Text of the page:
Hail lashes on porch during severe thunderstorm warning

Hail lashes on porch during severe thunderstorm warning

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Scientists are rushing to replant Thailand’s dying coastal coral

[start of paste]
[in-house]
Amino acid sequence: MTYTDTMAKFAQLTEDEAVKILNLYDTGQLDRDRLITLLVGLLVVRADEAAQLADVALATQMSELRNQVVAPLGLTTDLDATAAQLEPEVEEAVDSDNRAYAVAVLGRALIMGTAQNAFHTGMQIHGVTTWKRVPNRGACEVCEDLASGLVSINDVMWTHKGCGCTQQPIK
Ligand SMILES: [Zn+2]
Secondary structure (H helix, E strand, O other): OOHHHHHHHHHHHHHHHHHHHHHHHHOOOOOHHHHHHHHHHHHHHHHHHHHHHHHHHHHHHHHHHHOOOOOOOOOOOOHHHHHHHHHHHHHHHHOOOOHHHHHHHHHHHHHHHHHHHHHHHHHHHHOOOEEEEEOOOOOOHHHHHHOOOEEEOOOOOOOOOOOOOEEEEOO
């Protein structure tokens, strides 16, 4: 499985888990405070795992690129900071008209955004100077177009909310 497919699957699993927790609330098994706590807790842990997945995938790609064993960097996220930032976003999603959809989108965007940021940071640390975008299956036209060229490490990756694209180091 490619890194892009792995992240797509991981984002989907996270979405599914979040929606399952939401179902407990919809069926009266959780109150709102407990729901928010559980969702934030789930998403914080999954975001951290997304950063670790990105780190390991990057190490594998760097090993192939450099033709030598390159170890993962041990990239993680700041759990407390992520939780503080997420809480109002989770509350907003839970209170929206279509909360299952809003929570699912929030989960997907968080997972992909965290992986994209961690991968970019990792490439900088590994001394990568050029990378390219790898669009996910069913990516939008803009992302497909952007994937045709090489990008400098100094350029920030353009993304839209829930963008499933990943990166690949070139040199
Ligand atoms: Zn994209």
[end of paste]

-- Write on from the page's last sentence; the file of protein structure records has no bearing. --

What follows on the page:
Story: Ten feet below the waves off the coast of Thailand, billions of pink specks rise from the ocean floor. These are actually the beginnings of new corals. The coral spawning cycle occurs once a year. The warmth of the water, the tides, the current, and even the moon’s cycle are all signals that can trigger this event. At this moment, scientists are rushing to get as much as possible to help save these coral reefs, which are struggling under warming waters caused by climate change. (This land) This is Thetiporn Khanoruks. A 28-year-old marine biologist from the Department of Marine and Coastal Resources in Thailand. (Thetiporn Khanoruks, marine biologist at DMCR) “Before, while we were waiting, we saw the coral releasing eggs. We waited for some time for them to continue laying eggs before we started collecting the eggs in a plastic box. Now, we urgently have to go to the facility to mix Eggs (and sperm) from different (coral) colonies. I’m really excited. This is the first time for me to see this happen. “I was completely out of breath because I used a lot of air in the process. “The team of scientists brings thousands of precious coral eggs and sperm to their lab. The goal is to nurture the baby coral and then return it to the site, in hopes of repopulating the coral. They are exposed to red light — which mimics moonlight — which will lead to fertilization,” she says. This must be done quickly, or risk inbreeding and fewer successful eggs. After 72 hours, the fertilized eggs will be transferred to porcelain tiles where they begin to mature. This may take three to five years. Even after they return, growth remains slow. Thailand’s Department of Marine and Coastal Resources estimates that up to 90% of Thailand’s coral reefs have been affected by a mass bleaching event that began in 2010. The scientists are part of a government project that began in 2016 to regenerate coral. The project chose a prime site near an island Mun Nai in southern Thailand, which hosts more than 98 species of coral. So far, more than 4,000 coral colonies have been restored around the island. But after nearly eight years, the project is still experimental. Scientists are trying to measure its success based on similar experiments In places like Australia and the Caribbean. Matini Yucharoen, an expert in coastal oceanography and climate change, agrees that the project has seen short-term success. Results. However, she says the solution is not enough. (Matheni Yocharoen, researcher at CCOC) “You could say we can only try to mitigate the problem because we are past the point of prevention. In terms of policy, we need to take action all the way to the legal level. But in terms of the local scale, we have to reduce reef bleaching.” As coral as possible. Tropical reefs, which play a crucial role for the world’s fisheries – and the environment. About 25% of marine life depends on these coral reefs during their life cycles.

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